Gary Gutting is a philosopher of religion at Notre Dame, a Catholic university in the US; he writes for the New York Times philosophy blog The Stone. He has a long post saying what’s wrong with Dawkins’s arguments for the strong improbability of god. It’s worth reading because it’s more than just shouting or hand-waving or tone trolling or border disputing or last Thursdayism or science has nothing to say about the supernatural-ism. That’s not to say it’s convincing, but at least there’s something there.
He addresses Dawkins’s argument (not unique to him, of course) that a god that created the universe would have to be even more complex than the universe, and thus would require explanation even more than the universe does, so it doesn’t explain the universe after all, so it’s not a good argument for the existence of god. (That’s not how Gutting puts it, it’s how I do.)
Here Dawkins ignores the possibility that God is a very different sort of being than brains and computers. His argument for God’s complexity either assumes that God is material or, at least, that God is complex in the same general way that material things are (having many parts related in complicated ways to one another). The traditional religious view, however, is that God is neither material nor composed of immaterial parts (whatever that might mean). Rather, he is said to be simple, a unity of attributes that we may have to think of as separate but that in God are united in a single reality of pure perfection.
Okay…but what good is that? What good is a view, what good is “he is said to be”? It’s just saying. Anyone can say, but that doesn’t mean anyone else should believe what is said.
Obviously, there are great difficulties in understanding how God could be simple in this way. But philosophers from Thomas Aquinas through contemporary thinkers have offered detailed discussions of the question that provide intelligent suggestions about how to think coherently about a simple substance that has the power and knowledge attributed to God.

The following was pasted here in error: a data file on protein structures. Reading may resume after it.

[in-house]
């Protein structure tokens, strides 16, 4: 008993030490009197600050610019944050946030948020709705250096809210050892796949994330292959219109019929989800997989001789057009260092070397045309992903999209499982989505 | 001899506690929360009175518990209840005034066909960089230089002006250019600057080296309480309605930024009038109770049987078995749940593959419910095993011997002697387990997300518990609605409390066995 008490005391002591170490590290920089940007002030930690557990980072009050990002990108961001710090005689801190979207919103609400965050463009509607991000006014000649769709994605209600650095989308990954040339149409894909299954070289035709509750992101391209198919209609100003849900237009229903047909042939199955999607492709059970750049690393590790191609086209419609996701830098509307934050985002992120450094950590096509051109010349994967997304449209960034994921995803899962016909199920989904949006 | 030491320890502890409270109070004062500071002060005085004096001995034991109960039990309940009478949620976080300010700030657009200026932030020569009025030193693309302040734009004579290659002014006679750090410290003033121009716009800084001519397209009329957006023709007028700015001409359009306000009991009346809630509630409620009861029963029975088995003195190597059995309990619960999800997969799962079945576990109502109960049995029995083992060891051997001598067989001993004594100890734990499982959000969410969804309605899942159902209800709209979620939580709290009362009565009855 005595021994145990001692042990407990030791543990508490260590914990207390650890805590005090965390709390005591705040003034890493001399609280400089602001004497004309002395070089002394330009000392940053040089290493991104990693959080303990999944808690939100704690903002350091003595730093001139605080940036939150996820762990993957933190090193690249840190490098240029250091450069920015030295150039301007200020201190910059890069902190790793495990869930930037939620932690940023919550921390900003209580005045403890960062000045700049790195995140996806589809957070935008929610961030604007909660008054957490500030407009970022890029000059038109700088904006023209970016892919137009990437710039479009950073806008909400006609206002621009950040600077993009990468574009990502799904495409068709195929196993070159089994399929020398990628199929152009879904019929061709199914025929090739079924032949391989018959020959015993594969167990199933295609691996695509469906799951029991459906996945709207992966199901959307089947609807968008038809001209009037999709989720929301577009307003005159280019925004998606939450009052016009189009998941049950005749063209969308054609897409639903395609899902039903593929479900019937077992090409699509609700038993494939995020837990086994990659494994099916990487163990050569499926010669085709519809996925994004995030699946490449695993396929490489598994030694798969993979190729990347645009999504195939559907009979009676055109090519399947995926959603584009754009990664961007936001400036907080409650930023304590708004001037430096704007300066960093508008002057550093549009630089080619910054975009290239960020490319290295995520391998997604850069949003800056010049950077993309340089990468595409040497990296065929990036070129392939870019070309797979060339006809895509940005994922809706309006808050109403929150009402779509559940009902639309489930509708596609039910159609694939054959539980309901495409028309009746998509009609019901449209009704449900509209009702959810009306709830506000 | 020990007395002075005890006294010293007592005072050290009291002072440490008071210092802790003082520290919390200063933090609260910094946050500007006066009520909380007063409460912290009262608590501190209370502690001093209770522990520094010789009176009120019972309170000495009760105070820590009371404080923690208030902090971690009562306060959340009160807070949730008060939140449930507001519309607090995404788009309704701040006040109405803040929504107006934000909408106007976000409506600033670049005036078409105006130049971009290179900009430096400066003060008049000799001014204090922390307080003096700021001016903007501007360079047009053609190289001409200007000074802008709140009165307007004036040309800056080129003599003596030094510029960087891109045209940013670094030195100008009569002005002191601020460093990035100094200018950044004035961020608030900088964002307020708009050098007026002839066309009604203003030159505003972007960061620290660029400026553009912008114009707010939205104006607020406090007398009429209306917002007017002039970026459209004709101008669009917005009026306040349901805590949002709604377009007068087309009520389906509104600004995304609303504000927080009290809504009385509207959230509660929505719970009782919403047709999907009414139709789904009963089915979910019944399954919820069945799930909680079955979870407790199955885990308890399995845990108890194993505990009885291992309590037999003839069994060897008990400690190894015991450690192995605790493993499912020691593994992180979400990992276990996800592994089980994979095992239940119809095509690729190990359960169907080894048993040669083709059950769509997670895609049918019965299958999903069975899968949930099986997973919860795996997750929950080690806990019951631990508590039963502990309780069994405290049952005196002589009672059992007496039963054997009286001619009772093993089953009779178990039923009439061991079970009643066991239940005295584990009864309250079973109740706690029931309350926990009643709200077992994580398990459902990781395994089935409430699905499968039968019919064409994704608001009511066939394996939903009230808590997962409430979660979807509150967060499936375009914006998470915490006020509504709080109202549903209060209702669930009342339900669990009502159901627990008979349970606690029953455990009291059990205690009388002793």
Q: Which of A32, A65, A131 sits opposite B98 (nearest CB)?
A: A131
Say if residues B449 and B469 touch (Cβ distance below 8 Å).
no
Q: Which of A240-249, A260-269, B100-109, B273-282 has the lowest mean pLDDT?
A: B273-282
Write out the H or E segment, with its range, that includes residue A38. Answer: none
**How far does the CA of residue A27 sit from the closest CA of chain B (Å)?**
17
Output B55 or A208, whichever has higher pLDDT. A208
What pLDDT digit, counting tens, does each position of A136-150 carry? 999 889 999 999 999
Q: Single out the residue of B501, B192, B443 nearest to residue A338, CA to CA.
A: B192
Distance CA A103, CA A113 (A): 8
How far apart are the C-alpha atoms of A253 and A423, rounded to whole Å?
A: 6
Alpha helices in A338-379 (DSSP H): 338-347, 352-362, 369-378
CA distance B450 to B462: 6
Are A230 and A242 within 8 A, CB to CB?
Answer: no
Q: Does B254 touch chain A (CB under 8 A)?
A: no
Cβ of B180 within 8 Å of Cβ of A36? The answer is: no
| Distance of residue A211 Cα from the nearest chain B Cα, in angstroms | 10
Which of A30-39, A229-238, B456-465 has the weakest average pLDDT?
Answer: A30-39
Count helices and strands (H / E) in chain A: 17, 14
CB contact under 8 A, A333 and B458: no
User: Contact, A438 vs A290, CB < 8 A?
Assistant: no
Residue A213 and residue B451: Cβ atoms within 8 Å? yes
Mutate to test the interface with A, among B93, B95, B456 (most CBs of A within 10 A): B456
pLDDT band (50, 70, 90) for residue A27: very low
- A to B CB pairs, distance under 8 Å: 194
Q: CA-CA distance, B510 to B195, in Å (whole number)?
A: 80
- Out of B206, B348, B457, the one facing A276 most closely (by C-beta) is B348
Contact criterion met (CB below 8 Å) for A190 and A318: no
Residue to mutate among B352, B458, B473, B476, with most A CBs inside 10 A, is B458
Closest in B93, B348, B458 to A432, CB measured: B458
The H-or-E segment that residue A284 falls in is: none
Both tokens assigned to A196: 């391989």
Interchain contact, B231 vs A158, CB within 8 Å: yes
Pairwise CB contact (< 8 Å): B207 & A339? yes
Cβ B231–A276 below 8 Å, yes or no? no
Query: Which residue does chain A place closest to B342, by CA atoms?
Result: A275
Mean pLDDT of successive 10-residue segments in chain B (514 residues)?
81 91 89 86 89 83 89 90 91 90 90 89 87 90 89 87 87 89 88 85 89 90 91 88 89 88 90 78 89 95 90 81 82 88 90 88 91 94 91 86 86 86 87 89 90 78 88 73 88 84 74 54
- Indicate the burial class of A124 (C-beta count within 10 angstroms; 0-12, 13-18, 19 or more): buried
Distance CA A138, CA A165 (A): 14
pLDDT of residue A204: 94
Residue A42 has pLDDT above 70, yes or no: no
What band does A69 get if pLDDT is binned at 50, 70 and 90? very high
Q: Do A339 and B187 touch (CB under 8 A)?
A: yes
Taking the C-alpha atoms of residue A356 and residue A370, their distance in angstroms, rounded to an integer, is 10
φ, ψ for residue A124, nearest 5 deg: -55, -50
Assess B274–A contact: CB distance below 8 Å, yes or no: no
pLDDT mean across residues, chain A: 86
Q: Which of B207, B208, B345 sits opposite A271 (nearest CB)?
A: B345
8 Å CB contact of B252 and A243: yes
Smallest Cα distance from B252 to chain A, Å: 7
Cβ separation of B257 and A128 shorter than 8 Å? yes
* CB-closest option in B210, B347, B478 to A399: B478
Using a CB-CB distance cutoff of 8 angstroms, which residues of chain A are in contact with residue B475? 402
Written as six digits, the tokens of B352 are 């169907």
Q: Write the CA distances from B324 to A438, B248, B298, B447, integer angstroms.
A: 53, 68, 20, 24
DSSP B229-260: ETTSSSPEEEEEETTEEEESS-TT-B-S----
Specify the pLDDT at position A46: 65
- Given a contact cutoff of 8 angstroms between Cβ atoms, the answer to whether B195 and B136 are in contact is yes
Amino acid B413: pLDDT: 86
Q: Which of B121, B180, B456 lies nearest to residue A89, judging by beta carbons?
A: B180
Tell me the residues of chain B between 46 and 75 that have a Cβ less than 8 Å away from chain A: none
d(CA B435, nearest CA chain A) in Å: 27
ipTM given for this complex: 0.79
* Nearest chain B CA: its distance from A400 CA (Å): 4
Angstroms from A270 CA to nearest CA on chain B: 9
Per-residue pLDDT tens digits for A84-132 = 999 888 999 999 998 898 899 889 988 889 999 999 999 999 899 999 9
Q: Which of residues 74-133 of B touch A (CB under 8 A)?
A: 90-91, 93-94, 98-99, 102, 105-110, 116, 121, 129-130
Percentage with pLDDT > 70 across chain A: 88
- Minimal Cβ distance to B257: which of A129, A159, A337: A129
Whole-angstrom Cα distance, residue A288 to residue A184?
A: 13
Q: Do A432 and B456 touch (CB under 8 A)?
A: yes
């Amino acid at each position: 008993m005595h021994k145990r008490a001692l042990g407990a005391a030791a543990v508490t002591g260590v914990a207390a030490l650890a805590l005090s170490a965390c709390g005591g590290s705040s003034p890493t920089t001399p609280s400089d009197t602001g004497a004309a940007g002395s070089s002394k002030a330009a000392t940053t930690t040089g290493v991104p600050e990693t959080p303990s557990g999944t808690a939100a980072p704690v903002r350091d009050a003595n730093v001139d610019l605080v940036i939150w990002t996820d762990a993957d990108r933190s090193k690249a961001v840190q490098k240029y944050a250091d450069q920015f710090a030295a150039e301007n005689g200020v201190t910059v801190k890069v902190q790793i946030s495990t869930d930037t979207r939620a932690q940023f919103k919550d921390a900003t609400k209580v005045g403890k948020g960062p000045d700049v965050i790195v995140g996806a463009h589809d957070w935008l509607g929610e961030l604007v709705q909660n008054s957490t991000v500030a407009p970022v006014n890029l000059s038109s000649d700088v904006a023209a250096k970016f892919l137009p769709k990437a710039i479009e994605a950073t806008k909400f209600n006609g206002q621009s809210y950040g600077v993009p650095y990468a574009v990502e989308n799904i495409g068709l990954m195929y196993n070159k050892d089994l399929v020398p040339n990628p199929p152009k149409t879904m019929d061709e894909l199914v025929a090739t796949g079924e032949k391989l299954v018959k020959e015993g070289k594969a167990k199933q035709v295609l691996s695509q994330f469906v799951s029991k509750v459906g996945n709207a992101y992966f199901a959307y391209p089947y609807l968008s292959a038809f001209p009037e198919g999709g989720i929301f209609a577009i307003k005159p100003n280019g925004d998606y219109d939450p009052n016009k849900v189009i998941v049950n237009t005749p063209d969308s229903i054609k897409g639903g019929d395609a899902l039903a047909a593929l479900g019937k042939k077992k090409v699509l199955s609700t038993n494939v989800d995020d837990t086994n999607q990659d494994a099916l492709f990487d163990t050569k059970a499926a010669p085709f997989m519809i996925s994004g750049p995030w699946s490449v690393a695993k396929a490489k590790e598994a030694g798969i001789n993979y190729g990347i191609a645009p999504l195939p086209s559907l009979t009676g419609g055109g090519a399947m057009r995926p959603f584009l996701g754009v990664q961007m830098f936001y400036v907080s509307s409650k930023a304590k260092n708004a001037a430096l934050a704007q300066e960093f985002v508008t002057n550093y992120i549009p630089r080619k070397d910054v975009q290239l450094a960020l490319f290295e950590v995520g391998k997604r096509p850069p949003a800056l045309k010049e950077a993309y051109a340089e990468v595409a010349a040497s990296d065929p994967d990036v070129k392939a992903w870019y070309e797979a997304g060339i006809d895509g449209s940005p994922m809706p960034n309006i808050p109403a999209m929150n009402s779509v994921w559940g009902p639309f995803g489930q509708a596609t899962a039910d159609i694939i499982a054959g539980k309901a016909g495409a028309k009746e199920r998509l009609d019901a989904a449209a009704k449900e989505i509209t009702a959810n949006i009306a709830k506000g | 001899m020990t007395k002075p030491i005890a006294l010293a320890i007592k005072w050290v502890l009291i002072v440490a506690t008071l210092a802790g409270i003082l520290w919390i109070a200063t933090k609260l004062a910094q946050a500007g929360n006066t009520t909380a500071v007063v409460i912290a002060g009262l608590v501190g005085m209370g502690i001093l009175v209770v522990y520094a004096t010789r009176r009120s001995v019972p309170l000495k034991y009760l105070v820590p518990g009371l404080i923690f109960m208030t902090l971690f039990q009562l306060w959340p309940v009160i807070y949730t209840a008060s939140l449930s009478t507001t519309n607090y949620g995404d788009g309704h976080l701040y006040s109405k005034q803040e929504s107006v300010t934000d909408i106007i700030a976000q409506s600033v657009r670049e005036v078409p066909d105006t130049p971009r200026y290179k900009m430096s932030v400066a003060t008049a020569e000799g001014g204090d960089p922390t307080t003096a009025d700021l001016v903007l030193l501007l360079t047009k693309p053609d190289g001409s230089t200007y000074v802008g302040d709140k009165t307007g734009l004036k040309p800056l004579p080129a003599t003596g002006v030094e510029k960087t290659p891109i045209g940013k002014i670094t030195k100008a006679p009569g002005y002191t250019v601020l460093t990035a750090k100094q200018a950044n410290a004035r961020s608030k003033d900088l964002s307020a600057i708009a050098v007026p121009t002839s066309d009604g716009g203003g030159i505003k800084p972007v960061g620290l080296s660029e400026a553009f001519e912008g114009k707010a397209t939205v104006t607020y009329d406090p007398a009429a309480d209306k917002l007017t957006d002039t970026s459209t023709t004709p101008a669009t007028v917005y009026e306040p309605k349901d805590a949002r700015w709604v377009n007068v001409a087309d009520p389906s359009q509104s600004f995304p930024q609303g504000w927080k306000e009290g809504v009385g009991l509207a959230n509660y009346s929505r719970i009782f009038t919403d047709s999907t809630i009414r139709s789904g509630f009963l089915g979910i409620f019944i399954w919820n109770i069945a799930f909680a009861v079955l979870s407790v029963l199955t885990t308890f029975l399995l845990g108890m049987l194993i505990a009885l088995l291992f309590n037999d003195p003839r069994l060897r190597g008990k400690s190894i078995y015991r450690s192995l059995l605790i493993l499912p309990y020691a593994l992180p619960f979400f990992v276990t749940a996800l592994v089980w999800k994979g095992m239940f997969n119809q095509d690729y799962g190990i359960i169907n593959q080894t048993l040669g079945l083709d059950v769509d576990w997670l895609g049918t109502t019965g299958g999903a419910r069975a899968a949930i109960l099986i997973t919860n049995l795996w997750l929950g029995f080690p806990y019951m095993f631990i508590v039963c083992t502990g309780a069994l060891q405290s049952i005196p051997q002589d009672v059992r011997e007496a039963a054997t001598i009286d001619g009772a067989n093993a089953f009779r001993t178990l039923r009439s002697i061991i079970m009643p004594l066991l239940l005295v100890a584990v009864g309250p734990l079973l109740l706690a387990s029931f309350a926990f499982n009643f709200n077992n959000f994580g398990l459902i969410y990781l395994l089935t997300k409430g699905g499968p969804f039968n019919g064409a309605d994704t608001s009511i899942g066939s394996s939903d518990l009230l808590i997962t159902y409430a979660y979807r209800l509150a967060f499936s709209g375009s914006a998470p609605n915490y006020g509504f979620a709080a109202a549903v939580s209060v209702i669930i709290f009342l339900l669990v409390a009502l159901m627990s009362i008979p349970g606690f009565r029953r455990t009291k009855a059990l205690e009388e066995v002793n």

Okay, but I don’t really see why anyone should bother, given that there’s no real reason to pay attention to the claim in the first place. Saying “God is simple” is an ad hoc way to get around the “god would have to be more complex” objection, but it’s not a claim with any apparent relationship to observable reality. That means that intelligent suggestions about how to think coherently about this legless claim don’t strike an outsider as all that valuable.
Making Dawkins’ case in any convincing way would require detailed engagement not only with Swinburne but also with other treatments by recent philosophers such as Christopher Hughes’ “A Complex Theory of a Simple God.” (For a survey of recent work on the topic, see William Vallicella’s article, “Divine Simplicity,” in the Stanford Encyclopedia of Philosophy).
Okay, I had a look.
According to the classical theism of Augustine, Anselm, Aquinas and their adherents, God is radically unlike creatures in that he is devoid of any complexity or composition, whether physical or metaphysical. Besides lacking spatial and temporal parts, God is free of matter/form composition, potency/act composition, and existence/essence composition. There is also no real distinction between God as subject of his attributes and his attributes.
Okay, but again, this is just dogma. It’s just saying. I’m sure it’s internally coherent, but there’s no reason to believe it in the first place. Without any reason to believe it in the first place, it’s hard to care whether it’s internally coherent or not. Don’t you find?
God is what he has. As identical to each of his attributes, God is identical to his nature. And since his nature or essence is identical to his existence, God is identical to his existence. This is the doctrine of divine simplicity (DDS). It is represented not only in classical Christian theology, but also in Jewish, Greek, and Islamic thought. It is to be understood as an affirmation of God’s absolute transcendence of creatures.
Okay – that all makes sense if you believe in this god in the first place. But if you don’t, it just sounds like people saying fancy things about something they know absolutely nothing about. It sounds grand, that kind of thing, but it’s just saying. Just saying is not convincing to outsiders.
You need a better first step. I already know that theology sounds explanatory and serious to insiders, but you need a better first step to convince outsiders. Science and other empirical forms of inquiry have that better first step; theism doesn’t.